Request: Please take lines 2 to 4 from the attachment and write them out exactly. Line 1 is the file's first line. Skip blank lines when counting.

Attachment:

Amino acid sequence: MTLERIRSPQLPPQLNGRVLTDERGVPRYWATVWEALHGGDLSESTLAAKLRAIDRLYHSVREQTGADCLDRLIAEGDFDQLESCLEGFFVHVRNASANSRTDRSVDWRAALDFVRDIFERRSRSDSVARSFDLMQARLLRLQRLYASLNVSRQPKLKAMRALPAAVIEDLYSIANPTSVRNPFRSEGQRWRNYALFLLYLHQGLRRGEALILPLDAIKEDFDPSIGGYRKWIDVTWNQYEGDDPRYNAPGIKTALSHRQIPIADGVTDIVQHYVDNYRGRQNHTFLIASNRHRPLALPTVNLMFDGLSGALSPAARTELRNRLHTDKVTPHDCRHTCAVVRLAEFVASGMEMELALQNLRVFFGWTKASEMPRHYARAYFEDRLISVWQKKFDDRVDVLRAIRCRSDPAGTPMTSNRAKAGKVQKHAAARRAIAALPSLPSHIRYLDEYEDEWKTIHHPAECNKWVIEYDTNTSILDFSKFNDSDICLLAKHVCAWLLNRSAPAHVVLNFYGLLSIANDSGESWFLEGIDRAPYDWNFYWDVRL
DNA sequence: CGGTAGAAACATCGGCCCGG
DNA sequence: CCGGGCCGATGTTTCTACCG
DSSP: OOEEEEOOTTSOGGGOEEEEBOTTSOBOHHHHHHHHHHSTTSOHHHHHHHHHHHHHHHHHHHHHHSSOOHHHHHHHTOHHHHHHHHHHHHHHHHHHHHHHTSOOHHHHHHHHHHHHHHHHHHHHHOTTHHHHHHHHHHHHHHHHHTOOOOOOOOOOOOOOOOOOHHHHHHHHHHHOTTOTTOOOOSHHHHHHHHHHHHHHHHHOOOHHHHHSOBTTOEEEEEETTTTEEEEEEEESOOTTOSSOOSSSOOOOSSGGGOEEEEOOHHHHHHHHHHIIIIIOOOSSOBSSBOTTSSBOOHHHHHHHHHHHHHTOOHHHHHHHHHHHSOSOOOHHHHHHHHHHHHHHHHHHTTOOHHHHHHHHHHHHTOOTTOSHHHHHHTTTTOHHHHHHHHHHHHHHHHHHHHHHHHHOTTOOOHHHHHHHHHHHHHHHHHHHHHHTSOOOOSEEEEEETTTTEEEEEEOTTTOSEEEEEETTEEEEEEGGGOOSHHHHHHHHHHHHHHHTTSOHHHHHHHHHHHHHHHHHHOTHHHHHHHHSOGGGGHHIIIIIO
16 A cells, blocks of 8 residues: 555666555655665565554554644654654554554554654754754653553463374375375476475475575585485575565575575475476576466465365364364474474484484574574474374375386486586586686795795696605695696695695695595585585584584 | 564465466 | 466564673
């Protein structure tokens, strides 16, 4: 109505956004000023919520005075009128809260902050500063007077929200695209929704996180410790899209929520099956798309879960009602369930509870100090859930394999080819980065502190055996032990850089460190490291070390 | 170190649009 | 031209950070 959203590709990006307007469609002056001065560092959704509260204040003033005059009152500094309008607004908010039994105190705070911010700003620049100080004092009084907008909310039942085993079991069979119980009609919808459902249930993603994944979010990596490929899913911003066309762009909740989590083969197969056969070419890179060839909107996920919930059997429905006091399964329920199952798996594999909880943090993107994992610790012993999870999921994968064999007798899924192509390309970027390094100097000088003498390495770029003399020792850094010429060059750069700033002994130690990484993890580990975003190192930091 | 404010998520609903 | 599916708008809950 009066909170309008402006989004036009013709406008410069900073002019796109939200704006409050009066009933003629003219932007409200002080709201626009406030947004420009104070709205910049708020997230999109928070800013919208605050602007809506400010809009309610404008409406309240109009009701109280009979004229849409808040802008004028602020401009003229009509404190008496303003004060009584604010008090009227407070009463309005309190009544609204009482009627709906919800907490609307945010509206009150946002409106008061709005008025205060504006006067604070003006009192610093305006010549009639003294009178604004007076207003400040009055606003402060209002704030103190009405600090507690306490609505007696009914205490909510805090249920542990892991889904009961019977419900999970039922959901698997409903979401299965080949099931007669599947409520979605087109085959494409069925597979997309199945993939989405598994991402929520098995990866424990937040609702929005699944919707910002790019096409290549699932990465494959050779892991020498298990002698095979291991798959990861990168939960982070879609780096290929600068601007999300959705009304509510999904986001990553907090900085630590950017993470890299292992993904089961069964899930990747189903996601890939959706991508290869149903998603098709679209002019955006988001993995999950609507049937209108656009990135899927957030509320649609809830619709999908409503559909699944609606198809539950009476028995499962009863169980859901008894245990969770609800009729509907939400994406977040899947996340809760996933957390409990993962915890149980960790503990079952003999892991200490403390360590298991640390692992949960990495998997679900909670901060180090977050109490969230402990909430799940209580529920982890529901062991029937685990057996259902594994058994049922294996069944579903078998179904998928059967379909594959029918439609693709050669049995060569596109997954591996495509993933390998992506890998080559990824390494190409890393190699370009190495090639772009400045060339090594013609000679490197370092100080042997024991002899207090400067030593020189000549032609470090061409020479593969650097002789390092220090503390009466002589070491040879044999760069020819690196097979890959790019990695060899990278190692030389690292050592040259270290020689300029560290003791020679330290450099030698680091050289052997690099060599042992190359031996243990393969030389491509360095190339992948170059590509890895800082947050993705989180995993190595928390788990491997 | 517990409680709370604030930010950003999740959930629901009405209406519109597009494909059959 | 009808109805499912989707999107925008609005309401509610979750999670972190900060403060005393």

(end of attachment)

DNA sequence: CGGTAGAAACATCGGCCCGG
DNA sequence: CCGGGCCGATGTTTCTACCG
DSSP: OOEEEEOOTTSOGGGOEEEEBOTTSOBOHHHHHHHHHHSTTSOHHHHHHHHHHHHHHHHHHHHHHSSOOHHHHHHHTOHHHHHHHHHHHHHHHHHHHHHHTSOOHHHHHHHHHHHHHHHHHHHHHOTTHHHHHHHHHHHHHHHHHTOOOOOOOOOOOOOOOOOOHHHHHHHHHHHOTTOTTOOOOSHHHHHHHHHHHHHHHHHOOOHHHHHSOBTTOEEEEEETTTTEEEEEEEESOOTTOSSOOSSSOOOOSSGGGOEEEEOOHHHHHHHHHHIIIIIOOOSSOBSSBOTTSSBOOHHHHHHHHHHHHHTOOHHHHHHHHHHHSOSOOOHHHHHHHHHHHHHHHHHHTTOOHHHHHHHHHHHHTOOTTOSHHHHHHTTTTOHHHHHHHHHHHHHHHHHHHHHHHHHOTTOOOHHHHHHHHHHHHHHHHHHHHHHTSOOOOSEEEEEETTTTEEEEEEOTTTOSEEEEEETTEEEEEEGGGOOSHHHHHHHHHHHHHHHTTSOHHHHHHHHHHHHHHHHHHOTHHHHHHHHSOGGGGHHIIIIIO